British filmmaker Peter Greenaway
recently performed a one night only digital show using Da Vinci's "Last Supper". Greenaway projected a film on top of Da Vinci's original painting to an audience in the refectory of Santa Maria delle Grazie. There are two tantalising minutes of footage
available at The Guardian's website which do enough to suggest that it would have been really quite impressive to be there without really satisfying the curiosity of those who weren't. Thankfully the paper also has a handful of images
from the evening, reviews by Robert Booth
and Jonathan Jones
, and an audio file
of the two of them in conversation with Greenaway himself. Both Booth and Jones give a good impression of what it was like to witness the show. The following snippet is Booth's:
To the strains of modern opera, he used cutting-edge technical trickery to make Leonardo's Christ appear like a three-dimensional hologram while a radiant sun rose and fell over his head. He turned the original colourful image red, grey and black before the artist's gentle brush strokes were replaced with a chalk outline of the 13 figures, as if Leonardo had drawn a crime scene. Dawn broke, dusk fell and by the end the disciples had been dramatically cast into the shadow of prison-like bars.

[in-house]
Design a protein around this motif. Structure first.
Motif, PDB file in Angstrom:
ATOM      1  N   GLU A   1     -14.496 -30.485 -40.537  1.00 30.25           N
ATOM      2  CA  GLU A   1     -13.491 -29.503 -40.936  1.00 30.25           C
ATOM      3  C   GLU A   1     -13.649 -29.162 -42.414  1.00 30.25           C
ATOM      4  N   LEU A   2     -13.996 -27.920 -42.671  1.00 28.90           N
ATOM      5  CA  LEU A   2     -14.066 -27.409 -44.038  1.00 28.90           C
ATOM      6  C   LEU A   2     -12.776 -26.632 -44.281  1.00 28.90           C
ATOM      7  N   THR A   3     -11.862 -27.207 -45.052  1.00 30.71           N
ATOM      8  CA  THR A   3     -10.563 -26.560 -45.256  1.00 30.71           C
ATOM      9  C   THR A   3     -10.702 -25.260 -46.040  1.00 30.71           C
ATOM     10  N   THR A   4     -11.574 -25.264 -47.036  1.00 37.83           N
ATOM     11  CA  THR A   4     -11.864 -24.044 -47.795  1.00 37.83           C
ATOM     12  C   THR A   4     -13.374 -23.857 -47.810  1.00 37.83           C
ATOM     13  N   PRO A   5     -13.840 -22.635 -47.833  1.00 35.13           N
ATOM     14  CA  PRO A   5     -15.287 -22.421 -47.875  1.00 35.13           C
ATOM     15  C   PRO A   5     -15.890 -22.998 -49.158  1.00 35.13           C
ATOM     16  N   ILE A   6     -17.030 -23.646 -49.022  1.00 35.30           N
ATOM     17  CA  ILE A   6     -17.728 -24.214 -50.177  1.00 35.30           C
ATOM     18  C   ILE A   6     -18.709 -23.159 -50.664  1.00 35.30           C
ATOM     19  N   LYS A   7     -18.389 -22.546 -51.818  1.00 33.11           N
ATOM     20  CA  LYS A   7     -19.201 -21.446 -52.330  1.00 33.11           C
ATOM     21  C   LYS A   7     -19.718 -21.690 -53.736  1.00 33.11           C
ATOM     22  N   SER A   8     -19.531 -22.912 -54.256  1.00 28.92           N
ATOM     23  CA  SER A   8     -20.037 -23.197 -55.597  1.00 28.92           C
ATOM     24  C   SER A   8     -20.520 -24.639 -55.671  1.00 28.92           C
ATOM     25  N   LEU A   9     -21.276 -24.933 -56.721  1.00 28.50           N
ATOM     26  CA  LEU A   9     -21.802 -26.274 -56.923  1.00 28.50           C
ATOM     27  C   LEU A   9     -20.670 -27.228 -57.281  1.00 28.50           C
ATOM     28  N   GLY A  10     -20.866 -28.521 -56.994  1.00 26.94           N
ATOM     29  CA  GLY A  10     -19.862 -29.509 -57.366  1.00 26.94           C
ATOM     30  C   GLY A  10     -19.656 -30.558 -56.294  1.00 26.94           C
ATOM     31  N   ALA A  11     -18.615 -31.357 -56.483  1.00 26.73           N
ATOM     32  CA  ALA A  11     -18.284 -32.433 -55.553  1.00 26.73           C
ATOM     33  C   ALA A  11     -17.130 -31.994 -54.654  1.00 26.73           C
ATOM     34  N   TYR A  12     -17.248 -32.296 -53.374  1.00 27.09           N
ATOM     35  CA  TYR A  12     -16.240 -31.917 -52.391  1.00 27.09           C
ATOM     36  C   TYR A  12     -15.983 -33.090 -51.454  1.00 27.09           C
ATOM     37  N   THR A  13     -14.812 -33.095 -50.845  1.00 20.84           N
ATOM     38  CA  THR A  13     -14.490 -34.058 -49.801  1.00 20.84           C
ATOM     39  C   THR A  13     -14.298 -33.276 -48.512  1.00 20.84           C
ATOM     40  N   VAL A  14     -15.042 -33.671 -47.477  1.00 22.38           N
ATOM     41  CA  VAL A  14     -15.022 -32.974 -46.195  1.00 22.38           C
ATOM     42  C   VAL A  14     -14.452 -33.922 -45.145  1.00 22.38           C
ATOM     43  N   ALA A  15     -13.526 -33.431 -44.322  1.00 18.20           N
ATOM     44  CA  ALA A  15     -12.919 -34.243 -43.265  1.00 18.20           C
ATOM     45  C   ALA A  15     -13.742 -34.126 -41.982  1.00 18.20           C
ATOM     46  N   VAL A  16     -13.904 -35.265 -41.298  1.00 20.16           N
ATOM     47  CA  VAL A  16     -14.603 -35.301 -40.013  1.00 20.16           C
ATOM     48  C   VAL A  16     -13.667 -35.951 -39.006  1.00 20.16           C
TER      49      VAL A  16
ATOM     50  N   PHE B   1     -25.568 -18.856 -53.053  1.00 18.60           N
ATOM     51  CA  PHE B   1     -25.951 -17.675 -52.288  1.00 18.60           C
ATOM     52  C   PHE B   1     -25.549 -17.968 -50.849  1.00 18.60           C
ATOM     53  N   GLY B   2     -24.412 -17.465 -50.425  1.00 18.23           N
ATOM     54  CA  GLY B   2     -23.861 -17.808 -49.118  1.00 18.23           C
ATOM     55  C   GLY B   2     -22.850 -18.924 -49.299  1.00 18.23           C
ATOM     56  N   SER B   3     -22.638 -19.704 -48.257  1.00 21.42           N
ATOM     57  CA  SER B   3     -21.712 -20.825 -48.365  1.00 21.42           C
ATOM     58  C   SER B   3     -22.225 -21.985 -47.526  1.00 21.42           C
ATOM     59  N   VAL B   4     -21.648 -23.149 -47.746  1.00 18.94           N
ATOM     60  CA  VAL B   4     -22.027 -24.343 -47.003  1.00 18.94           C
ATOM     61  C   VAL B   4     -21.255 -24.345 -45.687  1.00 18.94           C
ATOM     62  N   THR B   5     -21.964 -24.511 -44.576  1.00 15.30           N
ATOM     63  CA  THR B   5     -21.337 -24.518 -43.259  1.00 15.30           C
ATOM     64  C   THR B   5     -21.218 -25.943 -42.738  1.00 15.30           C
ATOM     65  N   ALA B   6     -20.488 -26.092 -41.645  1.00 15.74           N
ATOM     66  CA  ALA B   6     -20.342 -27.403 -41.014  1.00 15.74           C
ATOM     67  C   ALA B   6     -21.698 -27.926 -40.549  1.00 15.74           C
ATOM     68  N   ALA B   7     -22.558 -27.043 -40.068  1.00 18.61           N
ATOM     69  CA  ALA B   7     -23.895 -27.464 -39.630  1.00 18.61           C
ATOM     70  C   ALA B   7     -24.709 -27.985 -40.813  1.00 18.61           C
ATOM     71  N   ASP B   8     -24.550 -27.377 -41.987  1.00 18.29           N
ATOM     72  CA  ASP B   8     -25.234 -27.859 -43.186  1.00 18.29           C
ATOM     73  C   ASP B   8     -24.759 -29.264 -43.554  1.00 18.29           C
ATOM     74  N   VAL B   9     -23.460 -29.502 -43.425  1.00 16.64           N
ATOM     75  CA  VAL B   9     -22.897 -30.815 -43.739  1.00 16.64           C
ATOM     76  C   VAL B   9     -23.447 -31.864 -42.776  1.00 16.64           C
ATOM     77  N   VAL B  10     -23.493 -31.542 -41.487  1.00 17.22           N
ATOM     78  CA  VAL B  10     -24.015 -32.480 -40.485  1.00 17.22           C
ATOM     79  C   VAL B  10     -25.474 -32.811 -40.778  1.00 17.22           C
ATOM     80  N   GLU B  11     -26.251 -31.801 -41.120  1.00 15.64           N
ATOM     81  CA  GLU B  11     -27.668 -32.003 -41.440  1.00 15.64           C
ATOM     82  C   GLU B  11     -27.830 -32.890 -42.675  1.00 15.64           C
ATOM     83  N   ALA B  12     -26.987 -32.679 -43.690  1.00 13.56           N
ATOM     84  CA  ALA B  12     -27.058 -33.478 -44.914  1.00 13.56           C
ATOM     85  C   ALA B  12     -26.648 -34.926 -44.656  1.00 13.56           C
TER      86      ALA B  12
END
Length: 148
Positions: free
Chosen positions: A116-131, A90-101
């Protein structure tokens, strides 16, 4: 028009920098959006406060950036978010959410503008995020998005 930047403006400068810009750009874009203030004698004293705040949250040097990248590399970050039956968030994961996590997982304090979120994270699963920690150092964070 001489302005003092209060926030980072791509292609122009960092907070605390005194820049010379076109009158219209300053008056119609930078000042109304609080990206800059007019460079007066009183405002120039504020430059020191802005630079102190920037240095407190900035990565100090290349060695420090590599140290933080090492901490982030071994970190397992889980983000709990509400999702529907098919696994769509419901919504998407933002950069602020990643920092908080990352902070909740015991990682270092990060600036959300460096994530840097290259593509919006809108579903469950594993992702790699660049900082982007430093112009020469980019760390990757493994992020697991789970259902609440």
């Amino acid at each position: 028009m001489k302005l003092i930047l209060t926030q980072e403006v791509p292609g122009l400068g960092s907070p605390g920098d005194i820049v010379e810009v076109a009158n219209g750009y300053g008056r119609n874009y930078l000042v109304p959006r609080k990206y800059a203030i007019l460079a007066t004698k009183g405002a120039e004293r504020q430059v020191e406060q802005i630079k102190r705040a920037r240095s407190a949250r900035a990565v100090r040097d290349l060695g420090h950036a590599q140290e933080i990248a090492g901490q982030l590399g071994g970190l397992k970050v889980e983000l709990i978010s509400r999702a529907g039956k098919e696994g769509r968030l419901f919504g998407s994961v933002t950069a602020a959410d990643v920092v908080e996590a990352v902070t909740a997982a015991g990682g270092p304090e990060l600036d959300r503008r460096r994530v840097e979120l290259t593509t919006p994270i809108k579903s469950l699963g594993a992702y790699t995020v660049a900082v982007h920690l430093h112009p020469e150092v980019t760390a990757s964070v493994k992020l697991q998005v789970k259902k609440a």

Like all good art, it appears to have created a good deal of debate even amongst experts on Da Vinci's work. Whereas one anonymous scholar considers it "cultural vandalism" another claims it "has reconsecrated the painting after Dan Brown deconsecrated it". Greenaway himself cited Da Vinci's reputation as an innovator in his defence.
If Leonardo was alive now he wouldn't just be interested in film-making, he would be handling high-definition cameras and would be right up against the cutting edge experimenting with holograms...He would be fascinated by the post-digital age. I am sure that he would support entirely what we are doing, which isn't true of a series of academics who believe that this painting belongs to them and not to the world at large. This painting belongs to the laptop generation as much as it does to academia and we want to demonstrate that."
Whilst I certainly see his point, I can't help but wonder who the audience actually was that evening. Did Greenaway really free the painting from the grasp of academics, or simply move it from one exclusive group of art critics for another? Thankfully it appears that Greenaway is hoping to find a gallery that could re-stage the show on a full size replica. I'm certainly hoping they are successful. It would be a shame if such an innovative and bold piece of art were only witnessed by a small, hand-picked audience of contemporary art experts.